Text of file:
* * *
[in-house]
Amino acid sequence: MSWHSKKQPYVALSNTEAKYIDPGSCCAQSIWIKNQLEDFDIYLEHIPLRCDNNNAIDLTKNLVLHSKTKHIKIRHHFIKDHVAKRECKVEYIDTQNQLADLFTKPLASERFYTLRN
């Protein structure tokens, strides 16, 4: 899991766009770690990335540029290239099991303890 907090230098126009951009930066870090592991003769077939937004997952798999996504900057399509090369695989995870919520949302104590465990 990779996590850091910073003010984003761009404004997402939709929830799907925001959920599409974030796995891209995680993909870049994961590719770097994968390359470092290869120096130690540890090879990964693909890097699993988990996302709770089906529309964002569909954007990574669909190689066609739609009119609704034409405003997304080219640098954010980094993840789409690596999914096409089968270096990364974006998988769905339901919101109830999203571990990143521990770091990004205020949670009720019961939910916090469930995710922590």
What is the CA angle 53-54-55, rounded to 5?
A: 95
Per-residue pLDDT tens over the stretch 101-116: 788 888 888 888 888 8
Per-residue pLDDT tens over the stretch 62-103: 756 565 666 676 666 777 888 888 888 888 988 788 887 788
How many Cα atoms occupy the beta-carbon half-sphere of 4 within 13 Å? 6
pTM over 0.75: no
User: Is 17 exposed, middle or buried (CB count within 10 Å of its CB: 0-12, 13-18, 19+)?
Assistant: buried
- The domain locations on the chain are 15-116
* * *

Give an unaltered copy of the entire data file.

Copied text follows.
[in-house]
Amino acid sequence: MSWHSKKQPYVALSNTEAKYIDPGSCCAQSIWIKNQLEDFDIYLEHIPLRCDNNNAIDLTKNLVLHSKTKHIKIRHHFIKDHVAKRECKVEYIDTQNQLADLFTKPLASERFYTLRN
């Protein structure tokens, strides 16, 4: 899991766009770690990335540029290239099991303890 907090230098126009951009930066870090592991003769077939937004997952798999996504900057399509090369695989995870919520949302104590465990 990779996590850091910073003010984003761009404004997402939709929830799907925001959920599409974030796995891209995680993909870049994961590719770097994968390359470092290869120096130690540890090879990964693909890097699993988990996302709770089906529309964002569909954007990574669909190689066609739609009119609704034409405003997304080219640098954010980094993840789409690596999914096409089968270096990364974006998988769905339901919101109830999203571990990143521990770091990004205020949670009720019961939910916090469930995710922590």
What is the CA angle 53-54-55, rounded to 5?
A: 95
Per-residue pLDDT tens over the stretch 101-116: 788 888 888 888 888 8
Per-residue pLDDT tens over the stretch 62-103: 756 565 666 676 666 777 888 888 888 888 988 788 887 788
How many Cα atoms occupy the beta-carbon half-sphere of 4 within 13 Å? 6
pTM over 0.75: no
User: Is 17 exposed, middle or buried (CB count within 10 Å of its CB: 0-12, 13-18, 19+)?
Assistant: buried
- The domain locations on the chain are 15-116